Fast beams of neutral molecules – the next generation of laser induced molecular dissociation imaging
by Andrew Rotunno
supervisor: Dr. Itzik Ben-Itzhak
This program is funded by the National Science Foundation through grant number PHY-1157044. Any opinions, findings, and conclusions or recommendations expressed in this material are those of the author(s) and do not necessarily reflect the views of the National Science Foundation.
Welcome to my webpage. This page summarizes my experience doing research for the Summer 2013 in the James R. Macdonald laboratory under the advisement of Bethany Joachim and Dr. Itzik Ben-Itzhak. My project for the summer was to design and test an apparatus to neutralize a significant portion of a keV ion beam.
Project Overview: In order to study a particle, one needs to be able to detect it. Charged particles are common choices because one can accelerate them with an electromagnetic field, but nature tends to be made of neutral particles, which typically don’t have enough energy to detect. By creating a fast beam of neutral particles, we can investigate the basic building blocks of the world and their associated energies.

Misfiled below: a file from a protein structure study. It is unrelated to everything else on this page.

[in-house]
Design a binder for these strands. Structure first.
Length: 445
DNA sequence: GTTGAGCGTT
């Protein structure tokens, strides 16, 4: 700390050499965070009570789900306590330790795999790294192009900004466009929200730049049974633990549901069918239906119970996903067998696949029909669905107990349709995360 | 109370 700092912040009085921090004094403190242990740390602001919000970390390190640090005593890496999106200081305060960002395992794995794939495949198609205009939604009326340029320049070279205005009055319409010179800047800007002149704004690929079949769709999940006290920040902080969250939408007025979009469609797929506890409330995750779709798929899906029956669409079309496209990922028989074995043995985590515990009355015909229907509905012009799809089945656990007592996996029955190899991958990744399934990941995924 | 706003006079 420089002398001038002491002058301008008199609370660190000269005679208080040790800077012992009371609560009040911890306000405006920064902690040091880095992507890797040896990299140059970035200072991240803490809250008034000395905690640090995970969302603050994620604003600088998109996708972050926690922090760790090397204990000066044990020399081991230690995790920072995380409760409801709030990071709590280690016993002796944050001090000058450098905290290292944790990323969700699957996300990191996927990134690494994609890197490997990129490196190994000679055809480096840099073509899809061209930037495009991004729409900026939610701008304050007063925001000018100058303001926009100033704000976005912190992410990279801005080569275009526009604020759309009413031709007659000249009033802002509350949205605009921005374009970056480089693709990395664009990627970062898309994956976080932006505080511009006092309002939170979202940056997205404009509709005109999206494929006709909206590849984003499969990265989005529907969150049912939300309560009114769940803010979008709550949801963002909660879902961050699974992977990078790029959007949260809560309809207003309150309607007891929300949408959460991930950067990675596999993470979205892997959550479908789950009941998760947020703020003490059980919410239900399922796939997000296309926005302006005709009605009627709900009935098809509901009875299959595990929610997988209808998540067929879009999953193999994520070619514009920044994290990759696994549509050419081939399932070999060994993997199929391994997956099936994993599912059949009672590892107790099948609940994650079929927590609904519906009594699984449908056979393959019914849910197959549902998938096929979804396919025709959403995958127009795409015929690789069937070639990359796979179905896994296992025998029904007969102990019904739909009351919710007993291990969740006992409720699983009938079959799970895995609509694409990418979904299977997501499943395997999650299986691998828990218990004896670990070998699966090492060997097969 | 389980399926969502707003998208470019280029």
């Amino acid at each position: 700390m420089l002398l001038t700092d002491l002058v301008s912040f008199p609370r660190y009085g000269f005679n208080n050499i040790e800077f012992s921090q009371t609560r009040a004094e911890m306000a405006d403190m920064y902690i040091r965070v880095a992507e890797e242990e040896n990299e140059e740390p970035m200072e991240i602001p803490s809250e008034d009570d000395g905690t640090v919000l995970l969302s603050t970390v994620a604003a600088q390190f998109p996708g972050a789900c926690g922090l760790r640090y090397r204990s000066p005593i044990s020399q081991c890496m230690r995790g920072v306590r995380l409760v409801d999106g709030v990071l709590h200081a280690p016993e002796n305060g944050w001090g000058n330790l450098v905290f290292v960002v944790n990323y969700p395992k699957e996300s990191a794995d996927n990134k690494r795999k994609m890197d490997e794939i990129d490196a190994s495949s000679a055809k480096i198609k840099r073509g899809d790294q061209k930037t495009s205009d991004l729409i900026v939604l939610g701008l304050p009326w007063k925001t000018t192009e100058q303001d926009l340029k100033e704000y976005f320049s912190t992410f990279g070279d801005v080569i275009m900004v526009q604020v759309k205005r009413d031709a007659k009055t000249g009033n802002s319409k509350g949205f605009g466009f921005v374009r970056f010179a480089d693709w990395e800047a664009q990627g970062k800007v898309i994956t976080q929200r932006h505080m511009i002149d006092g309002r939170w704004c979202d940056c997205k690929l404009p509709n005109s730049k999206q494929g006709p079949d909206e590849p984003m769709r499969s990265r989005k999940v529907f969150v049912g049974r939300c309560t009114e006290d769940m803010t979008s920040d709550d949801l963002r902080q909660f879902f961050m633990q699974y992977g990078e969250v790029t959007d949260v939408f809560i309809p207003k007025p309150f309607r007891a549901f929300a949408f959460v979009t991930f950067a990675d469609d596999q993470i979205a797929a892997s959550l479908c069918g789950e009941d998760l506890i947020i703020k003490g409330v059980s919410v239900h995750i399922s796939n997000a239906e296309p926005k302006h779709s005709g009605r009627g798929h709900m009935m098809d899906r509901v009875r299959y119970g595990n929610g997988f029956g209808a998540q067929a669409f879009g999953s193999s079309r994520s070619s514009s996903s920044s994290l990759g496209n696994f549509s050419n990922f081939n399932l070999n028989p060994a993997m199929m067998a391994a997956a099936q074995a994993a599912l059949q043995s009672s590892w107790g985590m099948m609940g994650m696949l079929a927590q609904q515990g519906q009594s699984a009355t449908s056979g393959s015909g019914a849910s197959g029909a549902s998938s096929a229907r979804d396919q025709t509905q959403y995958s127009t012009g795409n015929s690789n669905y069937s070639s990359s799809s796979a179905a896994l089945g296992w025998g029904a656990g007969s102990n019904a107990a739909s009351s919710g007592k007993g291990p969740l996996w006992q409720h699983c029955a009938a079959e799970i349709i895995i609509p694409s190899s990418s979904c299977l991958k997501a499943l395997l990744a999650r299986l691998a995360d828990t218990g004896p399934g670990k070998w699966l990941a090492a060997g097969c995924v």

Research Description: The aim of this research was to create an apparatus that would allow for the creation of a fast beam of neutral particles. Design and development of this apparatus involved researching fluid flow, atomic and molecular states, collision cross sections, electrodynamics, kinematics, particle detection mechanisms, tuning ion beams, aligning lasers, and computer assisted design software.
Final Presentation: Click here to download my presentation in PowerPoint format.
Lectures by Dr. Weaver: I learned a myriad of things about new physics – both big topics in atomic, molecular, and optical physics, quantum mechanics, high energy physics, and many topics not often taught in intro to modern classes.
Ethics Class: One of the most interesting things about the ethics class was the application of the Utilitarian vs. Deontic ethical mindset as it applies to physics, especially with regard to publication rights and responsibilities.
Another interesting ethics discussion came when I sat in on an ethics meeting between my IBI group and Bret Esry’s theoretical AMO group. Many real-world moral quandaries were brought up and discussed by grad students, post-docs, and professors.
About Me: I'm really interesting! I grew up in Syracuse, New York, and attend College at Fordham University. I first got interested in physics as a baby. I'm involved in Experimental Theater, youth mentoring, coffeshop antics, and playing guitar.
When I'm not tuning beams, I like to see what the internet has to offer. Check out these useful sites: